April 20, 1999: It was a Tuesday, the end of a normal school day. I packed up the papers I was taking home to grade and locked my classroom. That year, due to a student enrollment that had outgrown our building, I was teaching in a mobile classroom on the front lawn of Woodstock High School. It was a short walk across the street to the parking lot and my car.
I started the engine, turned on the radio, and found myself listening to the middle of a breaking news story. From what I could gather, there had been a mass shooting in a high school in suburban Denver. Multiple students were dead; many others were injured. “But where is the shooting?” I shouted at the radio. “Which school in which town?”
My brother and only sibling worked in the IT department of a large school district in the Denver suburbs. His job usually took him out of the office; he could have been working in any one of a number of schools that day. I needed to hear the name of the city.
My niece was a fire-fighter/paramedic in another suburb of Denver. Was she working at the scene of the shooting? Even if it wasn’t in her district, surely many extra first responders had been called in to help.
It was an endless wait—possibly the longest two minutes of my life—until I heard the words Columbine High School in Littleton. Neither Craig nor Tina worked in Littleton. But my fear didn’t subside until I was able to speak to him on the phone and learn that neither of them had been at Columbine High School.
Before that day, I had never felt unsafe at work. After that day, I never again felt completely secure at school. If a shooter were to come, my students and I might be his easiest and accessible targets out on the lawn. My world had shifted.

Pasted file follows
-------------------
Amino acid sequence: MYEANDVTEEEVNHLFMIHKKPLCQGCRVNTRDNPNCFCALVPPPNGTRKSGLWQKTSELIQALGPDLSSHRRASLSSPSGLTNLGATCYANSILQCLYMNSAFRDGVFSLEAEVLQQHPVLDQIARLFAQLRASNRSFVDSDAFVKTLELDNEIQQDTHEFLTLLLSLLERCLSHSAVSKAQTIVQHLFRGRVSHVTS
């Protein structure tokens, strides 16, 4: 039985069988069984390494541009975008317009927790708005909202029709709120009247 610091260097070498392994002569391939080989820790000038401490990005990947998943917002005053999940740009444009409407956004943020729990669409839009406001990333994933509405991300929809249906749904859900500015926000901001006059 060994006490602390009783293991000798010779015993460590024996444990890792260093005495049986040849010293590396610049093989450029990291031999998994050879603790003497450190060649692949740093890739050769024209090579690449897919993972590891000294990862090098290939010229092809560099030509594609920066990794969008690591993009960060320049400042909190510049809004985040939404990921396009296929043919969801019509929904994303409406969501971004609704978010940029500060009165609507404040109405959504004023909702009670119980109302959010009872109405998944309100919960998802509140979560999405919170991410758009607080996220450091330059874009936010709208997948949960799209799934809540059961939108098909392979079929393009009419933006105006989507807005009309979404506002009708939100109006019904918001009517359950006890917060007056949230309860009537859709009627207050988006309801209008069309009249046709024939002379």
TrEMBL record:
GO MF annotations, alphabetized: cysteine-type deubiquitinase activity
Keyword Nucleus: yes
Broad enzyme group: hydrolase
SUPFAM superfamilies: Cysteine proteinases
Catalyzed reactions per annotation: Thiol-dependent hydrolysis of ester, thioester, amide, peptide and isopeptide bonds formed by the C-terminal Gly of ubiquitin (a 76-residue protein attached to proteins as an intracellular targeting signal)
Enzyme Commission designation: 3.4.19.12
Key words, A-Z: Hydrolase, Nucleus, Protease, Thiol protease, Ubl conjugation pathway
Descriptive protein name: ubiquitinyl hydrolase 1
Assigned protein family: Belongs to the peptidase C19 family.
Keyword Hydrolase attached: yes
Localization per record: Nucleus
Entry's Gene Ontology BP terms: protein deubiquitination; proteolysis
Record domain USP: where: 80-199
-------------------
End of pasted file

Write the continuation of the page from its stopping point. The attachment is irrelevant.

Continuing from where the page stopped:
Today, January 23, 2018: A person opened fire inside a rural Kentucky high school, killing one and injuring nine others. [Note: while I was writing this post, the numbers rose to two dead and 17 injured.] Police led a suspect away in handcuffs and said there is no reason to suspect anyone else in the nation’s first fatal school shooting of 2018.
Hundreds of students ran for their lives out of Marshall County High School, jumping into cars and running down a highway, some not stopping until they reached a McDonald’s restaurant more than a mile away.
“They was running and crying and screaming,” said Mitchell Garland, who provided shelter to between 50 and 100 students inside his nearby business. “They was just kids running down the highway. They were trying to get out of there.”
A half-dozen ambulances and numerous police cars converged on the school, along with officers in black fatigues carrying assault rifles. Federal authorities responded, and Sen. Mitch McConnell sent staffers. Gov. Matt Bevin rushed from the Capitol to the scene. Parents left their cars on both sides of an adjacent road, desperately trying to find their teenagers.